Air Gapping: Offline Backups Ensure Recovery


The concept of air gapping has been around for decades. And thanks to our ever-growing ransomware risks, it's not going anywhere soon. That's really no wonder, given that hackers seem to find ways to overcome just about every obstacle IT teams can put in their path. Let's take a look at why air-gapped backups are worth considering.

What Does Air Gapping Mean?

TechTarget defines air gapping as "a security measure that involves isolating a computer or network and preventing it from establishing an external connection. An air-gapped computer is physically segregated and incapable of connecting wirelessly or physically with other computers or network devices." 

Your backup device can't be remotely hacked or corrupted without an internet or other network connection or by using a virtual air gap for your backups. That leaves only a direct physical attack as a means to get to your data. 

Air-Gapping and the 3-2-1-1 Backup Strategy

Traditionally, air gapping has been referred to in the context of tape backups, but today's options for backing up to the cloud offer a virtual equivalent of air-gapped tape. But, while the cloud's object-based defenses, like S3 Object Lock, offer immutable storage, a physically air-gapped backup gives you a final line of defense.

This ties back to our post about the updated 3-2-1-1 backup strategy. There we discuss how you should store one copy of your backups in an immutable format and another in a secure, offsite location. While your immutable backups should always be available, you may choose to backup and archive large volumes of data on tape because it's such a cost-effective option.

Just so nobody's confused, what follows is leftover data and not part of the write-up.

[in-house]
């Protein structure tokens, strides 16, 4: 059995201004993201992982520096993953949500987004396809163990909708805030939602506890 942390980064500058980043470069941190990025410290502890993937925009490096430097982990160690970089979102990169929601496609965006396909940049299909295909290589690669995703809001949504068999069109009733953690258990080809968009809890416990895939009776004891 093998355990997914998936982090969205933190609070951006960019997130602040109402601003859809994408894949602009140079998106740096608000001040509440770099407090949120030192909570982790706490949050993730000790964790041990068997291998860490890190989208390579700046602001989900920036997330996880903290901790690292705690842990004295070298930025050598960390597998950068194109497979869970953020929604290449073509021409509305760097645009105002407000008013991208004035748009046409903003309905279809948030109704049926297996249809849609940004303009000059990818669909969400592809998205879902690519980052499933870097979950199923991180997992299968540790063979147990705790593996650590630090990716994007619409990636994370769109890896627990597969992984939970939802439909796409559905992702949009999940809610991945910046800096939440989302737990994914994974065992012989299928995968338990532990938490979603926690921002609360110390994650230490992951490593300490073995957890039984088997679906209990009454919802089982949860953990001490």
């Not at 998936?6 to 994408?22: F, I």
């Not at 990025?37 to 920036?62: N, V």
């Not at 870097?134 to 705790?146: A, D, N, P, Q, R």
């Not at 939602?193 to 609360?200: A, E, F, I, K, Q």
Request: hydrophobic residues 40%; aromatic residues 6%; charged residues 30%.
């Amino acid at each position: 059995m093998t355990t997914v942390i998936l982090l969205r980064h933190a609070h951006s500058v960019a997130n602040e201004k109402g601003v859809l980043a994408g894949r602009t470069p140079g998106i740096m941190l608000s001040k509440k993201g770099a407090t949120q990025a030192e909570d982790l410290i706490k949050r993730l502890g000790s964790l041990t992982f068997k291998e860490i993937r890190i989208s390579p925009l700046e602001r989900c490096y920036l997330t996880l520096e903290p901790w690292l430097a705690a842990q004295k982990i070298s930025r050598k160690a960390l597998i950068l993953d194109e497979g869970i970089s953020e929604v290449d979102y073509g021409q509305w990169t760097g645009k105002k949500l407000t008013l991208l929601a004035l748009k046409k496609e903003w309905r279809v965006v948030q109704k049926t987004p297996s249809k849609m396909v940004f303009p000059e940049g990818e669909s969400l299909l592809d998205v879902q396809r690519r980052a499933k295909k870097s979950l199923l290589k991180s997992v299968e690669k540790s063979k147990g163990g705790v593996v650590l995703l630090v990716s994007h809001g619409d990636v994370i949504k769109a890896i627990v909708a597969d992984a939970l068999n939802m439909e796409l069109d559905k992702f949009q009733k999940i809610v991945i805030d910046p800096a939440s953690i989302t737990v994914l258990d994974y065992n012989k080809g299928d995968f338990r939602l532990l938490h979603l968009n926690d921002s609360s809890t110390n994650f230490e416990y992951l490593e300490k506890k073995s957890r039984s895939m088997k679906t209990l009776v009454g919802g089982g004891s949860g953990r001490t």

If that offsite copy is air-gapped, it's protected from malicious software, direct cyberattacks, and other threats. It also protects your backups even if ransomware compromises admin passwords or other data. If everything else fails, your air-gapped backups should be capable of restoring your entire network system.

Physical Air Gapping

Although air gapping is your ultimate defense against disaster, it can also be costly in terms of labor. When your backup device is completely disconnected from your network, the only way to access it is with direct physical contact. That limits your ability to automate backups, and even if you choose an automated solution, any device connected to a network could become compromised. That means going to the device and physically transferring data is a good choice if it can work within your infrastructure. That brings us to virtual air gapping, where software and processes replace physical separation.

Virtual Air Gapping

Arcserve Unified Data Protection (UDP) offers virtual air-gapping by replicating your primary recovery point server (RPS) to a secondary, remotely-managed RPS to create an air gap between the systems. This creates two autonomous systems with separate controls. The air gap results from using a secure connection to the secondary RPS using a regular, non-administrative user account and a data transfer via a block-based replication. If the primary RPS server is compromised, the block-based replication technology prevents any affected files from reaching the secondary RPS. You should take several other essential measures to protect the secondary RPS, which you can learn about by requesting an Arcserve UDP demo.  

Tape Air Gapping Made Easy

One of the simplest ways to protect your air-gapped storage is with Arcserve Tape Backup Software. Tape offers an affordable, proven option for long-term storage of backed-up data. The software offers unique technologies that improve the economies of data protection by enabling more extended retention periods, reducing storage, and integrating powerful deduplication into your existing backup environment.

With Arcserve Tape Backup Software, you can store critical data on nearly any tape device, from a single tape drive to huge tape libraries. You can also manage more data in more locations and reduce the time spent managing backups, no matter how simple or complex your infrastructure is. And it's perfect for air-gapped tape backups.


Ultimately, whether you choose to include air-gapped backups in your strategy depends on your unique situation. What matters most is that you have a solid backup and recovery plan in place and keep it up to date. By choosing an Arcserve Technology Partner, you gain access to the expertise and guidance you need to ensure your data is protected, backed up, and always recoverable. 

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